A review on photocatalysis for air treatment: From catalyst development to reactor design
School of Engineering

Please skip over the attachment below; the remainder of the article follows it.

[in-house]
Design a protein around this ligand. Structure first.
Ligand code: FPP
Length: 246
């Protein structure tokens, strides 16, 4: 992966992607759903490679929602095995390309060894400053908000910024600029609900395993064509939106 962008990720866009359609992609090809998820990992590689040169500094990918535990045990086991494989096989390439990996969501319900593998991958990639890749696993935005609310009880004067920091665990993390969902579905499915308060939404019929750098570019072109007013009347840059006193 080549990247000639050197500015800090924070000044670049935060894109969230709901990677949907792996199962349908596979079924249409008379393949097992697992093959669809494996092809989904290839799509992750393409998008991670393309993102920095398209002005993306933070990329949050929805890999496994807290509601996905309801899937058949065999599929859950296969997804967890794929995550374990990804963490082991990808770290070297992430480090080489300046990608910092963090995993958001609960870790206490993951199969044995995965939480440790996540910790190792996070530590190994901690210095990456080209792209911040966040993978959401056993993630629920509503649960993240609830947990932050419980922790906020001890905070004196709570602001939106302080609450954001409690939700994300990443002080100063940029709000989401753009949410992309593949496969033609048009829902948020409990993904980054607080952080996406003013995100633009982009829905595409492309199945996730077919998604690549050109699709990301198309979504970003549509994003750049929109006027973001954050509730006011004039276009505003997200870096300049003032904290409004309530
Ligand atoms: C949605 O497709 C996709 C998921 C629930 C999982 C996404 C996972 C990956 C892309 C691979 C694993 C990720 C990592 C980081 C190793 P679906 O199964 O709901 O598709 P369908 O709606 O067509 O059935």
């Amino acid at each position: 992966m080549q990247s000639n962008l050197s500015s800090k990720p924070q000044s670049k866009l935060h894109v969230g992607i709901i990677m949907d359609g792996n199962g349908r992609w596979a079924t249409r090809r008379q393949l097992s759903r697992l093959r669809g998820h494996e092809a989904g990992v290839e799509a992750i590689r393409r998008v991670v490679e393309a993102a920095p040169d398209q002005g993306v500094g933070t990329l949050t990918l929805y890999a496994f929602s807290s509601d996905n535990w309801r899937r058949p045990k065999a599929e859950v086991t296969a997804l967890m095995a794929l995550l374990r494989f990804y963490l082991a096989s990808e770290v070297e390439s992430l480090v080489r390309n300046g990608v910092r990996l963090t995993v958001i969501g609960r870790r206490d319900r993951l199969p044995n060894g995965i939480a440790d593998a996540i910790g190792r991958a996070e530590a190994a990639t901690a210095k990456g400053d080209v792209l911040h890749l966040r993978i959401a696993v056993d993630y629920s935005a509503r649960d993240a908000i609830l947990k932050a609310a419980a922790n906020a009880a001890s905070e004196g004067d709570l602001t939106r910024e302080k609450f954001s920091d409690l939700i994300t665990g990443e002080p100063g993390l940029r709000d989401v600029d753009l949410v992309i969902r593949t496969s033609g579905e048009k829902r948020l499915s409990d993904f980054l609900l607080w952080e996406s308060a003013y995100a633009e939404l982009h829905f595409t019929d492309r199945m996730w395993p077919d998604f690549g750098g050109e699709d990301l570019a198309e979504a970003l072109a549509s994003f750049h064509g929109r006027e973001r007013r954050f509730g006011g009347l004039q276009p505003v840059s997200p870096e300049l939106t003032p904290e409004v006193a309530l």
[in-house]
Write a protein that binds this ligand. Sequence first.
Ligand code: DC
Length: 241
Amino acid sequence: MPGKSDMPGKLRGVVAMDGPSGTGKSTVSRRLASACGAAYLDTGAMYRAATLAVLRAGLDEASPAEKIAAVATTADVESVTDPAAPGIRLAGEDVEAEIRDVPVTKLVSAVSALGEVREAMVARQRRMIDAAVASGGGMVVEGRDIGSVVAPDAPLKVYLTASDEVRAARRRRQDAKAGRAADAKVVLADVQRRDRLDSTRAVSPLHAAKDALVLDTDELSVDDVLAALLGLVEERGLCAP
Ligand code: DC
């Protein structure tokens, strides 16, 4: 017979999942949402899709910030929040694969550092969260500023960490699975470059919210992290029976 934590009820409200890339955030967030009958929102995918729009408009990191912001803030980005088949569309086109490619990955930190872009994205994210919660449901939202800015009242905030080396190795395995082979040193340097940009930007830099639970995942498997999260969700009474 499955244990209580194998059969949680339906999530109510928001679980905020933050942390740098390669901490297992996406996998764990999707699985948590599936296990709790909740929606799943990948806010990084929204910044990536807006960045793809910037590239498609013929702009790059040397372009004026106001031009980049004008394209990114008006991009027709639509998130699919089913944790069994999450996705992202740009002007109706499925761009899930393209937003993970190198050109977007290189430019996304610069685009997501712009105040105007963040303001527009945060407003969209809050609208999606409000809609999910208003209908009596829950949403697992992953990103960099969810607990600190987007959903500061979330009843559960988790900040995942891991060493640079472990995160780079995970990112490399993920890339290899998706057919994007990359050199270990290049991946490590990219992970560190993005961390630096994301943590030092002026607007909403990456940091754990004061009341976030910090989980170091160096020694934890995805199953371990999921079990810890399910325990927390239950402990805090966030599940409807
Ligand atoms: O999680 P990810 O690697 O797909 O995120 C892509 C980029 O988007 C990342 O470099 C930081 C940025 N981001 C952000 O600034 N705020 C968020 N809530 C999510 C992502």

Photocatalysis has been extensively investigated for several decades, motivated by the fascinating applications in pollution remediation, chemical synthesis, and energy innovation. However, the practical/commercial/industrial applications of photocatalysis have been restricted in the field of building materials. The low quantum efficiency in solar energy conversion and limitation of low level of pollutants in photodegradation are very difficult to solve. Air purification by photocatalytic oxidation (PCO) of various pollutants, for example volatile organic compounds (VOCs) or inorganic gaseous (NOx, SOx, CO, H2S and ozone, etc) at reasonably low concentrations, appears to be more feasible for commercialization. This review firstly introduces the removal mechanism of these contaminations by PCO, and then provides detailed survey and discussion on both photocatalysts and reactor design. This paper aims to deliver fundamental and comprehensive information for paving the venue of gas-phase photodegradation to commercialized air purification.